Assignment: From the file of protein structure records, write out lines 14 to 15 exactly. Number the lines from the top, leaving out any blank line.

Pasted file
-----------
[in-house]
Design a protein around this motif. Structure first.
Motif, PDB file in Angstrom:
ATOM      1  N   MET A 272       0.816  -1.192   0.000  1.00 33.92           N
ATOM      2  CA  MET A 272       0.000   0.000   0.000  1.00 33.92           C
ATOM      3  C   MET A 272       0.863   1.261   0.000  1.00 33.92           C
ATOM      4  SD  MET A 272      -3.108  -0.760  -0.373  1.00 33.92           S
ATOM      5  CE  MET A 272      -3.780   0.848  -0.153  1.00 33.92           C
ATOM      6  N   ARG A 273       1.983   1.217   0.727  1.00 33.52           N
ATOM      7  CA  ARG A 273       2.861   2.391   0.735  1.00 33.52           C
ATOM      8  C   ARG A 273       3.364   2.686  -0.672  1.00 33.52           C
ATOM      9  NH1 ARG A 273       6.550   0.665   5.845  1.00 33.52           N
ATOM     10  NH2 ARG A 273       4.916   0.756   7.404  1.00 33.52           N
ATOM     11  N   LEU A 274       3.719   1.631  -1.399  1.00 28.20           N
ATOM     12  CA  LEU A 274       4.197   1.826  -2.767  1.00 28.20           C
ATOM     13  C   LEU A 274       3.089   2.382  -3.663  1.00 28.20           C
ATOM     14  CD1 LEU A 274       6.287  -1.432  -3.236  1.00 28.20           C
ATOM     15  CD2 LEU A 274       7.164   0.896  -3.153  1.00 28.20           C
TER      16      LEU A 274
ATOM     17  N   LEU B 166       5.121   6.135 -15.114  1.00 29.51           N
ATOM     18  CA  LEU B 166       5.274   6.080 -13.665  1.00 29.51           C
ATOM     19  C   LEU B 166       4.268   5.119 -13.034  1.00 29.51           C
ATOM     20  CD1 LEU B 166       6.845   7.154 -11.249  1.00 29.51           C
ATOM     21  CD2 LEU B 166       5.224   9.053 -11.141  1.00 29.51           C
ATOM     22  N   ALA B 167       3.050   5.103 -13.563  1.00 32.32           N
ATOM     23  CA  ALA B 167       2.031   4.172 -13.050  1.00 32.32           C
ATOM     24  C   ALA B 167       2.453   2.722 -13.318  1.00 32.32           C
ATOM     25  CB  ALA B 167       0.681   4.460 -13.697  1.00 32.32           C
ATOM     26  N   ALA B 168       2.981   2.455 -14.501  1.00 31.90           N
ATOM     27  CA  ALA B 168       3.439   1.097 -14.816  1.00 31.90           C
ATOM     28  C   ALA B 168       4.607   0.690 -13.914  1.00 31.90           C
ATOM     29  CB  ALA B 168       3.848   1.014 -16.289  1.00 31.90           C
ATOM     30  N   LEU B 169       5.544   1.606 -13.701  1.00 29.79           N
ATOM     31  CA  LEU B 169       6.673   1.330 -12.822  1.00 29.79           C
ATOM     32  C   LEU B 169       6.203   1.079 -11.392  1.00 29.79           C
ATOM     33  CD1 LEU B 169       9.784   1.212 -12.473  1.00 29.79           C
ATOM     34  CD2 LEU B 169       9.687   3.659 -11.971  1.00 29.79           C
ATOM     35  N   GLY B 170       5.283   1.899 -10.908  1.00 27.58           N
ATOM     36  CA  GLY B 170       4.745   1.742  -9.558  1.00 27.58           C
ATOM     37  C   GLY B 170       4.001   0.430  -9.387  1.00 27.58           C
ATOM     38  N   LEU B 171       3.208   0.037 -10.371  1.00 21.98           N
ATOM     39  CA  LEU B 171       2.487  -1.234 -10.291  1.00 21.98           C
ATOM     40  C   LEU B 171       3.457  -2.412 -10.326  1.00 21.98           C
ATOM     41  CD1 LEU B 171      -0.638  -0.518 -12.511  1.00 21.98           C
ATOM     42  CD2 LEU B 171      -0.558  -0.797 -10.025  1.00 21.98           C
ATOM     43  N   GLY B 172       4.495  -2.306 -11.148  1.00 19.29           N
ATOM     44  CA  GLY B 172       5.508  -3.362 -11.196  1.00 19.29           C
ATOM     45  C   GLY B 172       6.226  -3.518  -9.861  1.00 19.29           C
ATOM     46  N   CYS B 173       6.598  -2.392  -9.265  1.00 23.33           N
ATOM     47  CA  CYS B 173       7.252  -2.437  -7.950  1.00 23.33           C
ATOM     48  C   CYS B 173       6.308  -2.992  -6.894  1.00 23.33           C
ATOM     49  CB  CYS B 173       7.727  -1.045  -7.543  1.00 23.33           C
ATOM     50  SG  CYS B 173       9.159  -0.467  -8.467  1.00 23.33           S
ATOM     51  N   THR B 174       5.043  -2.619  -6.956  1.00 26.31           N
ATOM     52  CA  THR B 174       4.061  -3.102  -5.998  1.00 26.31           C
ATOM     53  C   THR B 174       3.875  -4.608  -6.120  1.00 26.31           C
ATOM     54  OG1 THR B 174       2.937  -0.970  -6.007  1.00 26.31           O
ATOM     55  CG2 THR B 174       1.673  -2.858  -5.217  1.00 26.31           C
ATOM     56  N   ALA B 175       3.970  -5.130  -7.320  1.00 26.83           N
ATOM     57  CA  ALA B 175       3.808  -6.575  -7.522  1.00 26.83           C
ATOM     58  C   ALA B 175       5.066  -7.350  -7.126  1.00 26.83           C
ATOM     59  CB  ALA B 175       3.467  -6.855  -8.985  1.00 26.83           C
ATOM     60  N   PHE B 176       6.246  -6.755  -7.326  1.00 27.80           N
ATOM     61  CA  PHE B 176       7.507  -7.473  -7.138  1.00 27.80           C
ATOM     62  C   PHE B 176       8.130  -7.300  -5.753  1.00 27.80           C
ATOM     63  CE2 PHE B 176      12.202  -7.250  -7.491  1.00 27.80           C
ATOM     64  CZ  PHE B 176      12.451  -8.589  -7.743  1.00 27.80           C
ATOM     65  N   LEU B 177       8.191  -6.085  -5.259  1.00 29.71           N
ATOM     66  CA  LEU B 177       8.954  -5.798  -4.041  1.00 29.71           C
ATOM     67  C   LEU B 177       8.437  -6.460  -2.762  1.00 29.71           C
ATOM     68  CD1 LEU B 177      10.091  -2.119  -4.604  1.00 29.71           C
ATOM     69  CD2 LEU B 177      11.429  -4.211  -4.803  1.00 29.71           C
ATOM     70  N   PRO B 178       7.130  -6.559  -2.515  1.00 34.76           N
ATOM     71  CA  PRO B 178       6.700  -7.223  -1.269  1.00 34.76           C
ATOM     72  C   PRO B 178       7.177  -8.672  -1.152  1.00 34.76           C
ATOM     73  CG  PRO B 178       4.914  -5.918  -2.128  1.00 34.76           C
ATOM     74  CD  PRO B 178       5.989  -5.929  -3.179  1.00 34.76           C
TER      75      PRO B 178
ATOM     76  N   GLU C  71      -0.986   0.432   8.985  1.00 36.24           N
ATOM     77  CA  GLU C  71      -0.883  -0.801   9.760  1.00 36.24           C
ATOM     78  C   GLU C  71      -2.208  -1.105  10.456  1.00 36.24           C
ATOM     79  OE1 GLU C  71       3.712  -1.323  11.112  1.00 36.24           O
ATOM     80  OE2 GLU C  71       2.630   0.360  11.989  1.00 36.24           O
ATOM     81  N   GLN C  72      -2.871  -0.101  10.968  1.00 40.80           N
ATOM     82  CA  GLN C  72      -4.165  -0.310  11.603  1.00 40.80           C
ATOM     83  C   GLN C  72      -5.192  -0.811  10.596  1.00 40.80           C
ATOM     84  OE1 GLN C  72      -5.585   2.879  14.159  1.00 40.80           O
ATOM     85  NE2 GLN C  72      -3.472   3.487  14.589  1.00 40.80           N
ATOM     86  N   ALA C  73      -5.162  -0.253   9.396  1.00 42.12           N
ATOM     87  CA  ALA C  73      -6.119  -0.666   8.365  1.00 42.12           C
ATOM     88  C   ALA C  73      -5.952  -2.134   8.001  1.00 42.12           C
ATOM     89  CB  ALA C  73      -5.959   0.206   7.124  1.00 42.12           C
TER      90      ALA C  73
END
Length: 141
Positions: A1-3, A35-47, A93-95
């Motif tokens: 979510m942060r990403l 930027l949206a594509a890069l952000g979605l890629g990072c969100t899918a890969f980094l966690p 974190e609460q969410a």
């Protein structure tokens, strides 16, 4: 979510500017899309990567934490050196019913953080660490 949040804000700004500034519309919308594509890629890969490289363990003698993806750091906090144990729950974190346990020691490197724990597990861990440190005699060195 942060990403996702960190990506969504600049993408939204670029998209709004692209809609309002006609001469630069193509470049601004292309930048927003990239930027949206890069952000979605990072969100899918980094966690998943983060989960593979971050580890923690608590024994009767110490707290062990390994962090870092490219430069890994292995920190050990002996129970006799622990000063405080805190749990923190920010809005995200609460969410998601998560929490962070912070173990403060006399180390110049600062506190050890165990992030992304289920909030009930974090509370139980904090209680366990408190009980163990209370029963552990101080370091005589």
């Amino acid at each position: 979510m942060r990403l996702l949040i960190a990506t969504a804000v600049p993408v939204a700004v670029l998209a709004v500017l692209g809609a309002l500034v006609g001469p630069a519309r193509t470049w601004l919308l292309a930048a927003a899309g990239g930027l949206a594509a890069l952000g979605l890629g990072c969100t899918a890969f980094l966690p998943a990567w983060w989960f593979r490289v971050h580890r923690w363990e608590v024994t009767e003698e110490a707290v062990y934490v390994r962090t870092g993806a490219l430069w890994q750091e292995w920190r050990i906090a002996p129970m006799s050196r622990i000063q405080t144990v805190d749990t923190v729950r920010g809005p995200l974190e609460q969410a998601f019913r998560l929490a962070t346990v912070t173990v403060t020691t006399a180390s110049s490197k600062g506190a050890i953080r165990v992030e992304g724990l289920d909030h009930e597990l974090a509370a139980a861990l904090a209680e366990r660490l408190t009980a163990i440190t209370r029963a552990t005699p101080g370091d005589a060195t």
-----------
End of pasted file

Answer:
ATOM     11  N   LEU A 274       3.719   1.631  -1.399  1.00 28.20           N
ATOM     12  CA  LEU A 274       4.197   1.826  -2.767  1.00 28.20           C